China in the South China Sea. Cargo ship “We want though here. Move your destroyer and quit making those fake islands out here.” China “Make me.”

            And there is a difference between a stop sign and property taxes. One is on community property.

      1. You dont get rid of them as someone ele takes their place.
        You mkae them and all companeis responsible for the real product life cycle of what they produce
        and you tax the hell out of any waste
        This hits their bottom line and thus they will make their changes
        But you need to start sending CEO’s to prison to have any effect

        Problem is the USA doesn’t beleive in regulation.
        it believes in free market
        Which is ironic, since the so called free market uses all sorts of devices to strangle free trade and setup closed shops and monopolies where ever it can get away with it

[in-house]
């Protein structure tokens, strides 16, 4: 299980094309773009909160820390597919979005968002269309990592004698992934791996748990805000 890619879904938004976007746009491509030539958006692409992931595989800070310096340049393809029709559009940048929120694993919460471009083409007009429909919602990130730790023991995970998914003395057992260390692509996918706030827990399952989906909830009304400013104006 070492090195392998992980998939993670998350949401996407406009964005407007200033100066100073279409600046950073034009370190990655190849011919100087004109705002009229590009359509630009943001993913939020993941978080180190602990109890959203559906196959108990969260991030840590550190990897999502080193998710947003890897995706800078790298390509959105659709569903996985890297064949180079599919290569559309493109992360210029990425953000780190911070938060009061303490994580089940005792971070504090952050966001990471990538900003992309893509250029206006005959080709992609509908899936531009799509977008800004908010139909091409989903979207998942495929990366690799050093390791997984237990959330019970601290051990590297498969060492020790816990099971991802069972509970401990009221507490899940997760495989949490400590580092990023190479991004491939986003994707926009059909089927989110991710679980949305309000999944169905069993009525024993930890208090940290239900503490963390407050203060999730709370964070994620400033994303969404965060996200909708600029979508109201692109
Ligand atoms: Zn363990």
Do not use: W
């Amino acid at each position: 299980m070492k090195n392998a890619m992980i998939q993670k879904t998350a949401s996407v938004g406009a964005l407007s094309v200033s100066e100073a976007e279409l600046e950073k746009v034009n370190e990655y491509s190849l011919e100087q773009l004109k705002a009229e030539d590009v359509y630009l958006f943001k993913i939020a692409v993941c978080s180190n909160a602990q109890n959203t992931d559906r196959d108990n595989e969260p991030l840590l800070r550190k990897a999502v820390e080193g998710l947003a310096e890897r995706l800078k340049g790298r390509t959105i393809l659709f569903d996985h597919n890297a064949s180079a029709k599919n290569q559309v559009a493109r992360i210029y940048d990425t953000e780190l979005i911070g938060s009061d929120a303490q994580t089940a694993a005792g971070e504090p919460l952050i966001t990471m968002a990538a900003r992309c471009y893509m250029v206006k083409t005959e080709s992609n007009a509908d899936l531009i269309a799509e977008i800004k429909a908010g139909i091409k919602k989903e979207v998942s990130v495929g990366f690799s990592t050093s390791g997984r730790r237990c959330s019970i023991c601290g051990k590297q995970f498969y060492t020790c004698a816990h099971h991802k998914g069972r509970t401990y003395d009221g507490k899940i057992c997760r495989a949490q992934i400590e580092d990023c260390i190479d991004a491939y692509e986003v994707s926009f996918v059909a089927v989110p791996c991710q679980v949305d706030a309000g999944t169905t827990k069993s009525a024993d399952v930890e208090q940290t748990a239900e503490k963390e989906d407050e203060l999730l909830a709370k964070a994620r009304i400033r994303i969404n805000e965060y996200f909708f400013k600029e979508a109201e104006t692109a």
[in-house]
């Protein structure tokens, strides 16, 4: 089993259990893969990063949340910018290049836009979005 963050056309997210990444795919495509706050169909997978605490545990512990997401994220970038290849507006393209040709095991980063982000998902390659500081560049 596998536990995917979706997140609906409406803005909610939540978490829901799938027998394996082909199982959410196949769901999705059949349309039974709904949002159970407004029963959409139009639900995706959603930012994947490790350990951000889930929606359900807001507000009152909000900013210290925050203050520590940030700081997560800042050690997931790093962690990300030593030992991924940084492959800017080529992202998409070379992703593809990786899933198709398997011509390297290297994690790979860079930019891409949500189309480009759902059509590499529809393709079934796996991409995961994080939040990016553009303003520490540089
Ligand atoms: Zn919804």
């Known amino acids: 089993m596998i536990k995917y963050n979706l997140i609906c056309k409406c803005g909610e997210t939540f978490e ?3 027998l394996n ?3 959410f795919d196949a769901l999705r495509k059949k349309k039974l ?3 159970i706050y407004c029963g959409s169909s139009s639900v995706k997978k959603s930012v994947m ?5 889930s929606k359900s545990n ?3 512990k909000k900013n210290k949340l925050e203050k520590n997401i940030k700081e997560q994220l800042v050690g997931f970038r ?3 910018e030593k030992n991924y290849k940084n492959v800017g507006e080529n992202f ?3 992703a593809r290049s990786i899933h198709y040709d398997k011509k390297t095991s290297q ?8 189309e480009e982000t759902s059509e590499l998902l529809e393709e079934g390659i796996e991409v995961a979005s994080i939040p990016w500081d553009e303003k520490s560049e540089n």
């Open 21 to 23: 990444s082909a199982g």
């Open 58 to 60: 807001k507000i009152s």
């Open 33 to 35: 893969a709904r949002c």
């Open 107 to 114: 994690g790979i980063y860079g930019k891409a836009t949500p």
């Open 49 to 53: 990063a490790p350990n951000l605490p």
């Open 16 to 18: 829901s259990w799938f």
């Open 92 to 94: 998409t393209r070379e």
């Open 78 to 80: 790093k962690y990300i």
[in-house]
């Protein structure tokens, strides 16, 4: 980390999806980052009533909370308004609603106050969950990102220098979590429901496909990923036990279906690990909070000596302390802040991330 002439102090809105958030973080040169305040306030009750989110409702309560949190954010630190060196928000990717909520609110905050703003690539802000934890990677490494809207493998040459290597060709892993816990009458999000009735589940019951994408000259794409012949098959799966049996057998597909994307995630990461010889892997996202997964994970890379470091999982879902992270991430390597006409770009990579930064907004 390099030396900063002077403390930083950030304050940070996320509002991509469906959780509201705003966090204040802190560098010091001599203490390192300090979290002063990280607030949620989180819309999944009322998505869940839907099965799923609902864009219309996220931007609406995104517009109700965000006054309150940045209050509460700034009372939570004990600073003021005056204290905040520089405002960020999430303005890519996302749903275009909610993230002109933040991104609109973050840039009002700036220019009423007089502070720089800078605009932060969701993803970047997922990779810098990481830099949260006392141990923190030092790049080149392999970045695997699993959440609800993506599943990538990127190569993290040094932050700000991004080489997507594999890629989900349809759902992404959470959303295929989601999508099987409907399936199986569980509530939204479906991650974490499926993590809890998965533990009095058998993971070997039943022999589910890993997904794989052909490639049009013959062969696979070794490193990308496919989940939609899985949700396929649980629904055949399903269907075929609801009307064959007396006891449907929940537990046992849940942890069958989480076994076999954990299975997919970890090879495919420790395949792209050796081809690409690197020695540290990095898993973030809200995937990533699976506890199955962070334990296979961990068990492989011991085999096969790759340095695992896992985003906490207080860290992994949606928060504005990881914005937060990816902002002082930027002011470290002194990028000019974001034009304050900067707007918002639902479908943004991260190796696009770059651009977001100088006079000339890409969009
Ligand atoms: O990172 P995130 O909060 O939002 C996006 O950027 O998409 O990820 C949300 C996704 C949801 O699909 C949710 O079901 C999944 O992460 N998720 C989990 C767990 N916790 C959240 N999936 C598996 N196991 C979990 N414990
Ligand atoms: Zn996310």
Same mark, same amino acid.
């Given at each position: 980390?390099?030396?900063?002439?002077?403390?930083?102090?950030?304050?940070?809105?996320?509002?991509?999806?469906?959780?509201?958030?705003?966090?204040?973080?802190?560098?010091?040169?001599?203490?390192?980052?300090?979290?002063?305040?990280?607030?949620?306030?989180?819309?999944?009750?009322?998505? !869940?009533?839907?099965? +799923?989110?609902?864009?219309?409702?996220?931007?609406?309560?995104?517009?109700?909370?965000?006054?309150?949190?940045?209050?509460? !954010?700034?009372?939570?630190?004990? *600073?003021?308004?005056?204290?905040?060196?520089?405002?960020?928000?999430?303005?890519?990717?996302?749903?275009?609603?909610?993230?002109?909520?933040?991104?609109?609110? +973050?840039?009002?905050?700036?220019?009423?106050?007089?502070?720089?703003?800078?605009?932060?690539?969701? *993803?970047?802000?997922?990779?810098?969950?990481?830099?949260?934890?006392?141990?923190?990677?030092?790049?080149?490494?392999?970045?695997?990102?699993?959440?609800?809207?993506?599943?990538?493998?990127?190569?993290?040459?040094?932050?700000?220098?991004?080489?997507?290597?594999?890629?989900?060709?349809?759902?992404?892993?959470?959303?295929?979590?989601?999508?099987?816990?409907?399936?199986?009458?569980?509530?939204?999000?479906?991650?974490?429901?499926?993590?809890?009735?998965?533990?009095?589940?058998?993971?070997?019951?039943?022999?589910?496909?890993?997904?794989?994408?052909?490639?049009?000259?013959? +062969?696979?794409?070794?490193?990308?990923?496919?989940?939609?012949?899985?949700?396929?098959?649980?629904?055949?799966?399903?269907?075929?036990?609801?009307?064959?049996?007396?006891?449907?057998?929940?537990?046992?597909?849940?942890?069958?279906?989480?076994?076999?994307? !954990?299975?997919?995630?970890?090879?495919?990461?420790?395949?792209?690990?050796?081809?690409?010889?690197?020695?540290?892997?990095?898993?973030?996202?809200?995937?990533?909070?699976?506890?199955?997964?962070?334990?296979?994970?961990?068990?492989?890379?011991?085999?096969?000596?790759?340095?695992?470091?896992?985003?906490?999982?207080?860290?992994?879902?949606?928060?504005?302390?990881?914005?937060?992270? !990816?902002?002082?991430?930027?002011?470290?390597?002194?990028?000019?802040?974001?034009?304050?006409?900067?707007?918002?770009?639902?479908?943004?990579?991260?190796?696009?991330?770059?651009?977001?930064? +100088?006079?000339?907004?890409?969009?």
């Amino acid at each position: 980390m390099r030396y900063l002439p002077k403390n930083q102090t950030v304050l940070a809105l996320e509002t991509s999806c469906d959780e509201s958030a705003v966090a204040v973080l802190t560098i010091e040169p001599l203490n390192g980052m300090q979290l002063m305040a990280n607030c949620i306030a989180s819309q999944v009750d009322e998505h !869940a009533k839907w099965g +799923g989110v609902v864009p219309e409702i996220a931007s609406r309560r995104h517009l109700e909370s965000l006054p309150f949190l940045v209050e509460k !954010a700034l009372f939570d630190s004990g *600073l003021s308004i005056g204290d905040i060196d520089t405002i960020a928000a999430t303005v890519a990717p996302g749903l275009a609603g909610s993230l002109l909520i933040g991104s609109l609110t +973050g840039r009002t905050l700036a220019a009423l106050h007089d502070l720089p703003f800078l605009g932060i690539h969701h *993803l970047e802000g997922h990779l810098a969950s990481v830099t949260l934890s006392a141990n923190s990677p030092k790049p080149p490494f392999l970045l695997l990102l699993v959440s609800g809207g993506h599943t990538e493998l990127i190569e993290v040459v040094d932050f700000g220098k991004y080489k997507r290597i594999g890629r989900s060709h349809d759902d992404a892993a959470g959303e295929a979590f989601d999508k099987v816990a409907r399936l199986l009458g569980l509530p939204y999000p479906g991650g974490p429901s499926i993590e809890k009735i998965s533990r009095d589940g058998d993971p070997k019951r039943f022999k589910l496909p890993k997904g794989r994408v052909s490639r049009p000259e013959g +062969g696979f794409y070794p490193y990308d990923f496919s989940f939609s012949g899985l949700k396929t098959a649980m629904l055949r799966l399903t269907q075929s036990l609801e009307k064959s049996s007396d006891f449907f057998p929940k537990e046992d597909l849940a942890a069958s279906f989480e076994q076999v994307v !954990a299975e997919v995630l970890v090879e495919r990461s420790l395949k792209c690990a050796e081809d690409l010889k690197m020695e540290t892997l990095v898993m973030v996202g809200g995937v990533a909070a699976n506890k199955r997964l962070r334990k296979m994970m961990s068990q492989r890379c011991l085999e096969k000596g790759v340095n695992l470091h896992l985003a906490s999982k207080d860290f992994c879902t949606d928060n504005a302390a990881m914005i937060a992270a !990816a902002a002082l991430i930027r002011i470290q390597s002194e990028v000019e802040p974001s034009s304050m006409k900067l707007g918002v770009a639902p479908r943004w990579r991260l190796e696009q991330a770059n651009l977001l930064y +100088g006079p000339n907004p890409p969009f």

1. “Which is ironic, since the so called free market uses all sorts of devices to strangle free trade and setup closed shops and monopolies where ever it can get away with it”

          It can’t if it is a free market. How do you have a monopoly in a free market? Yes, most of us believe (or it used to be most of us) in a free market. We don’t have one by far, but we want one.

          Free markets don’t make more waste and pollution than the public is free to choose. As I’m sure you know, customers can choose based on many factors other than price, which also means you can complete on the basis of many factors other then price. And of course, holding people, private or public, responsible for damage they do is part of any civilized system.

    3. Yeah, no kidding. I’m from the second generation of people who have grown up being told that everything they do, and everything they are, is wrong, even though we look at our accusers and see that they are doing the same things as us, or (sometimes) are more egregious offenders than us.
      I’m all for sound solutions for ecological sustainability, but only where it makes sense.
      Where I live, an all electric car would take two days to get from one town to another. Town, not city.